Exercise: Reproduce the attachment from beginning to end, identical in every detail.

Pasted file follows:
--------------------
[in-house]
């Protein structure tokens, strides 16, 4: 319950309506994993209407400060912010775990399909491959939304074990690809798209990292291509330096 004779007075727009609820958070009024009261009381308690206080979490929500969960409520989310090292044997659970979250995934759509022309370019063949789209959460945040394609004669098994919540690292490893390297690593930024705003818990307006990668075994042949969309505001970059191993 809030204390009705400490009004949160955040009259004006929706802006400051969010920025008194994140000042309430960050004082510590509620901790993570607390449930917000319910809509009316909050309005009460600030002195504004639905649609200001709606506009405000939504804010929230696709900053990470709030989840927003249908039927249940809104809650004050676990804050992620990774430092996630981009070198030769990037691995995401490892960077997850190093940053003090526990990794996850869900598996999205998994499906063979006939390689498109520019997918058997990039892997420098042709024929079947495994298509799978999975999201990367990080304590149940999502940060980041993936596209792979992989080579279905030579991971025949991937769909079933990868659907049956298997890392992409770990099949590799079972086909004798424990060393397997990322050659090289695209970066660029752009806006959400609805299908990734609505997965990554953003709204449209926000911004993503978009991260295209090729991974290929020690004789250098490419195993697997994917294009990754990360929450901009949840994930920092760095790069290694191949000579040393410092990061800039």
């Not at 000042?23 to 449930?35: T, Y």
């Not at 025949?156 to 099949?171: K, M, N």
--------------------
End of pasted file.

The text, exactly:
[in-house]
């Protein structure tokens, strides 16, 4: 319950309506994993209407400060912010775990399909491959939304074990690809798209990292291509330096 004779007075727009609820958070009024009261009381308690206080979490929500969960409520989310090292044997659970979250995934759509022309370019063949789209959460945040394609004669098994919540690292490893390297690593930024705003818990307006990668075994042949969309505001970059191993 809030204390009705400490009004949160955040009259004006929706802006400051969010920025008194994140000042309430960050004082510590509620901790993570607390449930917000319910809509009316909050309005009460600030002195504004639905649609200001709606506009405000939504804010929230696709900053990470709030989840927003249908039927249940809104809650004050676990804050992620990774430092996630981009070198030769990037691995995401490892960077997850190093940053003090526990990794996850869900598996999205998994499906063979006939390689498109520019997918058997990039892997420098042709024929079947495994298509799978999975999201990367990080304590149940999502940060980041993936596209792979992989080579279905030579991971025949991937769909079933990868659907049956298997890392992409770990099949590799079972086909004798424990060393397997990322050659090289695209970066660029752009806006959400609805299908990734609505997965990554953003709204449209926000911004993503978009991260295209090729991974290929020690004789250098490419195993697997994917294009990754990360929450901009949840994930920092760095790069290694191949000579040393410092990061800039």
């Not at 000042?23 to 449930?35: T, Y």
């Not at 025949?156 to 099949?171: K, M, N």